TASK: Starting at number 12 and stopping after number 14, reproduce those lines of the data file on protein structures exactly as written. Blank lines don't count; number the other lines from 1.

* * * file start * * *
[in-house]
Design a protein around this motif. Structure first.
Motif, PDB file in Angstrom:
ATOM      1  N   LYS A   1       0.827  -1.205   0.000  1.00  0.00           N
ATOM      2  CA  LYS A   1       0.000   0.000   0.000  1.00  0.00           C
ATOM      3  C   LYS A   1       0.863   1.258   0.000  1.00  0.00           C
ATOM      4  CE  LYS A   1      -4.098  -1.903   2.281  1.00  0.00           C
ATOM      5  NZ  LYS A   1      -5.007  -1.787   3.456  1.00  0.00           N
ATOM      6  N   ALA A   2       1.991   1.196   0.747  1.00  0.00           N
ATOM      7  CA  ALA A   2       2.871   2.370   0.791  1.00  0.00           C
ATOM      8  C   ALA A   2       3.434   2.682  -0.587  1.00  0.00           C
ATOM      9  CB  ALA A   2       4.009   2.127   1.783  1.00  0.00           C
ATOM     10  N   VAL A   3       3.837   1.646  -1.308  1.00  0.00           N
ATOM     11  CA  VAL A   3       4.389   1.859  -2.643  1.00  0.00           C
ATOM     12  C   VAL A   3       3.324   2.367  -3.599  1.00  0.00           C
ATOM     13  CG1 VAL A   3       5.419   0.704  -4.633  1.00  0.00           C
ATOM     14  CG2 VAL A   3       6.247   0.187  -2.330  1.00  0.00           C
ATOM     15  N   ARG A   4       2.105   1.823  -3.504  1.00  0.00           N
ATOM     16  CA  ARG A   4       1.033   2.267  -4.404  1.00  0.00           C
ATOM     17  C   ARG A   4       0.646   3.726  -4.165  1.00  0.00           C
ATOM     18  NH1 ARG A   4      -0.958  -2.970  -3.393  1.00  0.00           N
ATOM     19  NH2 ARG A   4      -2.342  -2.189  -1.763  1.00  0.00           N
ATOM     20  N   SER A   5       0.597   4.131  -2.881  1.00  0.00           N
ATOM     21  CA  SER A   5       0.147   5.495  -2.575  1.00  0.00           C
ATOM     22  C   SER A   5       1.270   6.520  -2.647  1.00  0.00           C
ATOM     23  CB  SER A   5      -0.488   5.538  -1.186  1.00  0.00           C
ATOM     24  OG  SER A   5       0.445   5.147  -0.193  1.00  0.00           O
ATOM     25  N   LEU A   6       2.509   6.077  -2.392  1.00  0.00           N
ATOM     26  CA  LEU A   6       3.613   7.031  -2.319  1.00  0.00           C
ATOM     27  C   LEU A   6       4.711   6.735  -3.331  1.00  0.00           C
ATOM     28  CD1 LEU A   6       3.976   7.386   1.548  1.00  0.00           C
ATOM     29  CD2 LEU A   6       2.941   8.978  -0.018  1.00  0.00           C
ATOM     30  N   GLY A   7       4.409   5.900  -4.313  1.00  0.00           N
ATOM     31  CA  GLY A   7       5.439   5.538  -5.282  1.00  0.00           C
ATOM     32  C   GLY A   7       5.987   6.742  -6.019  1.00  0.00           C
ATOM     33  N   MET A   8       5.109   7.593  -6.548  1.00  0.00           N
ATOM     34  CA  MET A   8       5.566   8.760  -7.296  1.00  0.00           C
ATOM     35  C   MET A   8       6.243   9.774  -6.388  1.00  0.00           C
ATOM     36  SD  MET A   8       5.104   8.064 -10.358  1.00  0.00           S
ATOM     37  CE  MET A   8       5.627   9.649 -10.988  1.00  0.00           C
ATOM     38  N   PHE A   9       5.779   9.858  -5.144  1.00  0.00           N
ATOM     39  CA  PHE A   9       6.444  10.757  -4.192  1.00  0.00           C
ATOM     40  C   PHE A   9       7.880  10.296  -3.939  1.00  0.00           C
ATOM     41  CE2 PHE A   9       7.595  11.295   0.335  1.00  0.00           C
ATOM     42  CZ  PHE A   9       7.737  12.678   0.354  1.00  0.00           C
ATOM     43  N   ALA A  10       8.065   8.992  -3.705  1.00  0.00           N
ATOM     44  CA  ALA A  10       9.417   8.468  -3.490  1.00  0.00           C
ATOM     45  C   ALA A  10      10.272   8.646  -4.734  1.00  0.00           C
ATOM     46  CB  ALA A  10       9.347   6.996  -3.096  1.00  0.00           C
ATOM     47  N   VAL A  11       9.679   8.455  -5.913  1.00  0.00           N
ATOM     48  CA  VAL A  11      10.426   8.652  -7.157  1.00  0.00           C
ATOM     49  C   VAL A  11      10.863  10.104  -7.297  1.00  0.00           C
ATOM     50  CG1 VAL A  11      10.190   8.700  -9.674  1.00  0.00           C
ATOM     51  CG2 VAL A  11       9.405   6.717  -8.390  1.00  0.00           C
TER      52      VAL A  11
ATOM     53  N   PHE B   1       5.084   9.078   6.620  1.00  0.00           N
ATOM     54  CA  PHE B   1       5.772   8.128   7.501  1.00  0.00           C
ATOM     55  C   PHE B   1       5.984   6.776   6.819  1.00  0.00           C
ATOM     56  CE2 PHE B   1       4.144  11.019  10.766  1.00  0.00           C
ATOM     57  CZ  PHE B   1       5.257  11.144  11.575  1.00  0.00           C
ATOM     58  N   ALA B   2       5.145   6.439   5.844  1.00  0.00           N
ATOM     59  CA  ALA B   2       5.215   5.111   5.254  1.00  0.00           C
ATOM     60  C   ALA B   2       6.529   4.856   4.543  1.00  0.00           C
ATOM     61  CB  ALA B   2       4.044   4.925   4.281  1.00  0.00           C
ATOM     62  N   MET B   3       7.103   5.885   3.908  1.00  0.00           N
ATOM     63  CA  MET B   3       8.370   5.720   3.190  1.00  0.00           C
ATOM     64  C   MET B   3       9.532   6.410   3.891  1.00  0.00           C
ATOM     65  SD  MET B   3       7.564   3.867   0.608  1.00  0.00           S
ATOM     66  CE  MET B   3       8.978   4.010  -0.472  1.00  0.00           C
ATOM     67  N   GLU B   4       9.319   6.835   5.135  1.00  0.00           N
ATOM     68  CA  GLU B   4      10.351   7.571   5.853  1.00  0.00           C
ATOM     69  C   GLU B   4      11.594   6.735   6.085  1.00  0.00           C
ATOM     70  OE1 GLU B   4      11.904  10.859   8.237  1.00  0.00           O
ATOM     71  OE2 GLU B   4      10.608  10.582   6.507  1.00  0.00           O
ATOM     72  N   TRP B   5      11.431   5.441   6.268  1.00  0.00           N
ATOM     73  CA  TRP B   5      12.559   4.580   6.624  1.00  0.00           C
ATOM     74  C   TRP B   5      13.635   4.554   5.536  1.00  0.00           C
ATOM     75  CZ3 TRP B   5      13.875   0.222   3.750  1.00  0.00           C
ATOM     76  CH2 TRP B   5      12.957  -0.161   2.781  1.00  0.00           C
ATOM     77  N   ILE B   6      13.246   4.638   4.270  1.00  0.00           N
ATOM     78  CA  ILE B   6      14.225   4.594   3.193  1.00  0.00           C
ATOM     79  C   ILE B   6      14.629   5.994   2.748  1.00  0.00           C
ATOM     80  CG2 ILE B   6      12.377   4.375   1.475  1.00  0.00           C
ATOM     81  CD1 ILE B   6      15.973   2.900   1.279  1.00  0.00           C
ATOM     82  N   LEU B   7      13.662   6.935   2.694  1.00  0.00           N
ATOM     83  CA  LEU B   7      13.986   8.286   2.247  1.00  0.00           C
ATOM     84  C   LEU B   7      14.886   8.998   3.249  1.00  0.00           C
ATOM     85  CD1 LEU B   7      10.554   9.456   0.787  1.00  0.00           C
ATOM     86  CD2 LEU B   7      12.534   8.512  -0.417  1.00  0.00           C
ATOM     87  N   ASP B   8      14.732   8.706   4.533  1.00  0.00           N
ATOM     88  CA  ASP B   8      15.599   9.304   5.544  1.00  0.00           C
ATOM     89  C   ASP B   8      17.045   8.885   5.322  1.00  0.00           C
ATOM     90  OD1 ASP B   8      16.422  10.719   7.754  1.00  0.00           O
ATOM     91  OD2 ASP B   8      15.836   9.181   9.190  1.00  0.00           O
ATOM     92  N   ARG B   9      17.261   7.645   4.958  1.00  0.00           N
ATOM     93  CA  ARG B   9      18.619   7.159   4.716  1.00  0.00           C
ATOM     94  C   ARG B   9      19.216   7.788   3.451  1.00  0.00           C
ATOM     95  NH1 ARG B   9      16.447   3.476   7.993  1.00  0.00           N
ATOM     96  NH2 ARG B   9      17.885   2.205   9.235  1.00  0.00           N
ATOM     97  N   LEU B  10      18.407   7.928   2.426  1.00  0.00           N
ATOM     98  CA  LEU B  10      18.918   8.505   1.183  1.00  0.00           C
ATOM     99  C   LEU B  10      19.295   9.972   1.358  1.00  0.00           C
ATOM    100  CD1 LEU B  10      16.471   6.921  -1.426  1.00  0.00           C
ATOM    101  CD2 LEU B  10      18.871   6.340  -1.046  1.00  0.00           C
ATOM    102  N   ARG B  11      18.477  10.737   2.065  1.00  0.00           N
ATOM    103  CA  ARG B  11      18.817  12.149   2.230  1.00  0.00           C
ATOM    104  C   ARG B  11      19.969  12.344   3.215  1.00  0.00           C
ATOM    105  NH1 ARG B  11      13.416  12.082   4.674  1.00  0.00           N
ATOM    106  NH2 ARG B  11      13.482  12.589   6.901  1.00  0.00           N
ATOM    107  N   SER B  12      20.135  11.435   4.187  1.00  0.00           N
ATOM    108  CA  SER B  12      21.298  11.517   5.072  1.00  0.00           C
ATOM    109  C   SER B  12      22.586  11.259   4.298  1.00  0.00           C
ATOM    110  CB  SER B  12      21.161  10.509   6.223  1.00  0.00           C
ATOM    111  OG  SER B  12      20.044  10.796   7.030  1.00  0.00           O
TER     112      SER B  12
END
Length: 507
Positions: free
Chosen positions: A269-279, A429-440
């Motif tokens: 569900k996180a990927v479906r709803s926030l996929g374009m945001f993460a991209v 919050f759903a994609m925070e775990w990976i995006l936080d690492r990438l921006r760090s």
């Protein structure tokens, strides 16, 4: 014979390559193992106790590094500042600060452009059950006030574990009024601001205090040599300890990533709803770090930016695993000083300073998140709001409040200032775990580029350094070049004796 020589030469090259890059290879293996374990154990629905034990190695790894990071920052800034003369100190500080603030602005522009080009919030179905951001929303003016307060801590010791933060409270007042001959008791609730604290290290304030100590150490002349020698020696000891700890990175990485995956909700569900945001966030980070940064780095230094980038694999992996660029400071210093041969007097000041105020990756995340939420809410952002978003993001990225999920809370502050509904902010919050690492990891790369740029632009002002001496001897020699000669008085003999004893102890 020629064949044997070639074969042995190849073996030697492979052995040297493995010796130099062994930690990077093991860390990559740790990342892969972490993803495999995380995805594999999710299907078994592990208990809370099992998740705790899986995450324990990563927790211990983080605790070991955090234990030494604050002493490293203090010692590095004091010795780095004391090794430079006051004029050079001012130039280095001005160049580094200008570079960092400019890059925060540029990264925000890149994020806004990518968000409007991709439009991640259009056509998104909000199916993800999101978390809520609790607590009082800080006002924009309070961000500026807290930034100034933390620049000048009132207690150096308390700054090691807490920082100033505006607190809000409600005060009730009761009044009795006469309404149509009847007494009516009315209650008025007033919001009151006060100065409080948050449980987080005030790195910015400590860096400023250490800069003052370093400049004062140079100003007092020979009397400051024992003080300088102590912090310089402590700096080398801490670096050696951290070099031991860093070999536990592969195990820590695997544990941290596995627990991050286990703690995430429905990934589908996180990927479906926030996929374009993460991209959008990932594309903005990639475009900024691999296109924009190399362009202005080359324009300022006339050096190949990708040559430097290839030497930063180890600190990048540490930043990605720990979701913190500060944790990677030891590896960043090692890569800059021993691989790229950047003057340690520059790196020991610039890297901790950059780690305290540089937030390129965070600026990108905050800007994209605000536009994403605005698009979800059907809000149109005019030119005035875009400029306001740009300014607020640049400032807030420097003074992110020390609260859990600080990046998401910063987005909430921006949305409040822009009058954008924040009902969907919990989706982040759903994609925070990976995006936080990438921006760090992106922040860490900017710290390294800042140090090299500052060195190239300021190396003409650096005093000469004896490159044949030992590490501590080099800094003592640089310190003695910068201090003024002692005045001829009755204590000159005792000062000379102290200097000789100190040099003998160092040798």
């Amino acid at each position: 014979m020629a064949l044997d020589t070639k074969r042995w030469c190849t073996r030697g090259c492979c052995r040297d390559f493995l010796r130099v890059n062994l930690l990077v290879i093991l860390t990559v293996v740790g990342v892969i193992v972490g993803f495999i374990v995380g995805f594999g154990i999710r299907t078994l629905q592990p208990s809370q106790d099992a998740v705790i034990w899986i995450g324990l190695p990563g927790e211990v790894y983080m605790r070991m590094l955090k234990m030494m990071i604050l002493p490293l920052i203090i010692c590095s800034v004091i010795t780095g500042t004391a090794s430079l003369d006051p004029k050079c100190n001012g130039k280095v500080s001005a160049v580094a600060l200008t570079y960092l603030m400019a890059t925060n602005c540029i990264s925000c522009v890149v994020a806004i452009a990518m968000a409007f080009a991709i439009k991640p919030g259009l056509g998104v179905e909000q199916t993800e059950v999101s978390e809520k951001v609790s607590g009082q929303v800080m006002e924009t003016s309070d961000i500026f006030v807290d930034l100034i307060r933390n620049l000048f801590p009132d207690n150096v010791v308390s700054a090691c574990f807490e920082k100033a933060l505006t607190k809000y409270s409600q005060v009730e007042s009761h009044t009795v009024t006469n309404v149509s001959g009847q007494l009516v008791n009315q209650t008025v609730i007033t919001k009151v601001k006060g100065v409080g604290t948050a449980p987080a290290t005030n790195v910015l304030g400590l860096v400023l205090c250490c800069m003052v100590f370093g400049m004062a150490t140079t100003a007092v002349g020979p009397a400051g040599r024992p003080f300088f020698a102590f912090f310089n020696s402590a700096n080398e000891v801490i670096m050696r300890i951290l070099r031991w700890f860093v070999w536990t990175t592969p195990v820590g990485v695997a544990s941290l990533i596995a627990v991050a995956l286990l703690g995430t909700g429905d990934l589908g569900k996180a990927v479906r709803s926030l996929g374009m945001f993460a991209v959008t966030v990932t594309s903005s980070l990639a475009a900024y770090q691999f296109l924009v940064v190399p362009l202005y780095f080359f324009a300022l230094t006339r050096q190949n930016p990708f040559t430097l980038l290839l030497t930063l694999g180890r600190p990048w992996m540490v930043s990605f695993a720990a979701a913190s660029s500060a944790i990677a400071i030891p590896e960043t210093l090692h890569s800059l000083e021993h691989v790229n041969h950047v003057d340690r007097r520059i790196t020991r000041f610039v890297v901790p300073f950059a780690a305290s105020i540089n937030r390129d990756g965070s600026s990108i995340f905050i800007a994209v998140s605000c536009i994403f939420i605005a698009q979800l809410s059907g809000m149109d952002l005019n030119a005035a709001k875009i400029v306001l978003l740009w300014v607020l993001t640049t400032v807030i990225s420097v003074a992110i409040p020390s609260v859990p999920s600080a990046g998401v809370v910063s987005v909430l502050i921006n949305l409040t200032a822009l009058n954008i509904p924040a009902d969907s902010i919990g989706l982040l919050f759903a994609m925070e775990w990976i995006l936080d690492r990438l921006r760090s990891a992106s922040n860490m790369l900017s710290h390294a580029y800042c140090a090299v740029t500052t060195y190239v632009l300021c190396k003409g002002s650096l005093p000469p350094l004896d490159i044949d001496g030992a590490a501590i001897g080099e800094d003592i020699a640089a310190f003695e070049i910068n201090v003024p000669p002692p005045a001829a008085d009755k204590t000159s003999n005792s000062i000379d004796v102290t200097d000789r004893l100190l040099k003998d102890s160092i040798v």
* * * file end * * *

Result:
ATOM      9  CB  ALA A   2       4.009   2.127   1.783  1.00  0.00           C
ATOM     10  N   VAL A   3       3.837   1.646  -1.308  1.00  0.00           N
ATOM     11  CA  VAL A   3       4.389   1.859  -2.643  1.00  0.00           C